Germanium tin (GeSn) is a group IV semiconductor with a direct band-to-band transition below 0.8 eV. Nonequilibrium GeSn alloys up to 20% Sn content were realized with low temperature (160°C) molecular beam epitaxy. Photodetectors and light emitting diodes (LEDs) were realized from in situ doped pin junctions in GeSn on Ge virtual substrates. The detection wavelength for infrared radiation was extended to 2 μm with clear potential for further extension into the mid-infrared. GeSn LEDs with Sn content of up to 4% exhibit light emission from the direct band transition, although GeSn with low Sn content is an indirect semiconductor. The photon emission energies span the region between 0.81 and 0.65 eV. Optical characterization techniques such as ellipsometry, in situ reflectometry, and Raman spectroscopy were used to monitor the Sn incorporation in GeSn epitaxy.
© 2013 Chinese Laser Press
Silicon photonics has seen a strong increase in research activity, technology platforms, and commercial startups from silicon waveguides on silicon-on-insulator (SOI) substrates. These waveguides are the leading ones in terms of high refractive index contrast, small footprint, and integration potential with silicon (Si)-based microelectronics . Intrinsic Si waveguides are transparent from the near-infrared (NIR) to the mid-infrared (MIR), from 2 to 5 μm wavelengths, and partly also in the far-infrared (FIR), from above 5 μm, depending on the oxygen and hydrogen content. A fundamental limit is above the 20 μm wavelength when phonon absorption sets in. The lower waveguide cutoff is determined by the indirect bandgap (at room temperature, the bandgap ), and phonon-assisted () absorption starts at 1.06 eV, corresponding to about a 1.2 μm wavelength.
Above the cutoff wavelength of 1.2 μm, the transparent Si waveguide transports, splits, and combines optical signals and influences signals through phase difference effects (the Mach–Zehnder interferometer principle). Active devices that generate, detect, and convert optical signals into electrical ones are not available in the transparency regime because these require matter–light interactions. Recent technical solutions changed rapidly from hybrid integration to monolithic integration (Fig. 1) of germanium (Ge) active devices. Despite a rather large lattice mismatch (4.2%) for hard materials, Ge-on-Si devices obtained in NIR high-speed operation (50 GHz)  good quantum efficiency , a strong quantum confined Stark effect , and the Franz–Keldysh effect  for absorption modulators and, recently, as strong highlights optically stimulated  and electrically stimulated  laser radiation are demonstrated. The upper cutoff wavelength is given by the Ge direct transition bandgap of 0.8 eV. (Ge is an indirect semiconductor with a 0.664 eV bandgap at room temperature, but in small dimension devices the indirect transition is too weak to be utilized. Larger indirect than direct luminescence in bulk Ge turned out to be caused by self-absorption effects .) With slight tensile strain (0.25%) the upper cutoff wavelength  is about 1.6 μm because tensile strain reduces the bandgap. Tensile strain in Ge device structures is obtained from thermal expansion mismatch between the Si substrate and the Ge film after annealing . Further extension of the spectral range of Si-based photonics from Ge-on-Si—this is from 1.2 to 1.6 μm—into the MIR range (2–5 μm) is highly welcome for a couple of reasons (bandwidth, medical, and biological applications), which are summarized in a recent presentation .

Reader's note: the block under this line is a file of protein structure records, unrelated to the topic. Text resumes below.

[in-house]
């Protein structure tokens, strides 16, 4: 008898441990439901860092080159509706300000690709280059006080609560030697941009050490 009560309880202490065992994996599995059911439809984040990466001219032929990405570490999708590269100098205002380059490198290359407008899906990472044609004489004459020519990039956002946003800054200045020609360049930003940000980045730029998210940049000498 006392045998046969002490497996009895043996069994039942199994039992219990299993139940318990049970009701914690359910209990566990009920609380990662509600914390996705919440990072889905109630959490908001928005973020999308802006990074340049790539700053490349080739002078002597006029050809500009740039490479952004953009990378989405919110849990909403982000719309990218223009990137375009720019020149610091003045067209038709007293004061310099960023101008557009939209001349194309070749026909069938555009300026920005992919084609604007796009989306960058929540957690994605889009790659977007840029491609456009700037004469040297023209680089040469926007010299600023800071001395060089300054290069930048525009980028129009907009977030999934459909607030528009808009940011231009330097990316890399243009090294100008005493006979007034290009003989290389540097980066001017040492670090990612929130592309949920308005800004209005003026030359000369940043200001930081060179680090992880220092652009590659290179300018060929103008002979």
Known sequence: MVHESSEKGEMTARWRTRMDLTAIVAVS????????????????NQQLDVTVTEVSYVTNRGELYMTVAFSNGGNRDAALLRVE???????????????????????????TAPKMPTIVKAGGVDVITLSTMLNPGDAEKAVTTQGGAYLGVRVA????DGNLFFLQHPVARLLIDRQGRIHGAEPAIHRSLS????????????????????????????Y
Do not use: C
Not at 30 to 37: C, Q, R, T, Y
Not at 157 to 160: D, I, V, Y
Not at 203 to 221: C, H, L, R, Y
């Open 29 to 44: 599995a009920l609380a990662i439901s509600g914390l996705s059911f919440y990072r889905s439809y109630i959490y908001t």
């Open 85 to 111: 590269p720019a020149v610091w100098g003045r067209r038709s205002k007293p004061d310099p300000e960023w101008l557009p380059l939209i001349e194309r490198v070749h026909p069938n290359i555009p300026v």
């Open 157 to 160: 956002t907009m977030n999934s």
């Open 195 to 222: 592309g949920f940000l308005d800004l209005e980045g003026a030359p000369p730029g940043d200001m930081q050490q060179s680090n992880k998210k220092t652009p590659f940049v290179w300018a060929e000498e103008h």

A straightforward extension of the spectral range is given by a small bandgap semiconductor. A smaller bandgap strengthens the tendency to direct semiconductors, which nurtures the hope for efficient light emission and lasing in the MIR.
In the following sections we present first the expectations based on the only group IV semiconductor [germanium tin (GeSn)] with low bandgap. Then the material and device challenges of GeSn-on-Si are presented, and the recent status of device work on photoconduction, diode detectors, and light emitting diodes (LEDs) is used as a measure of progress. The basic optical characterization method on epitaxial films of GeSn-on-Si led to predictions of future routes to close the gap between theoretical expectations and nonequilibrium material preparation.
2. EXPECTATIONS OF A DIRECT GROUP IV SEMICONDUCTOR: GeSn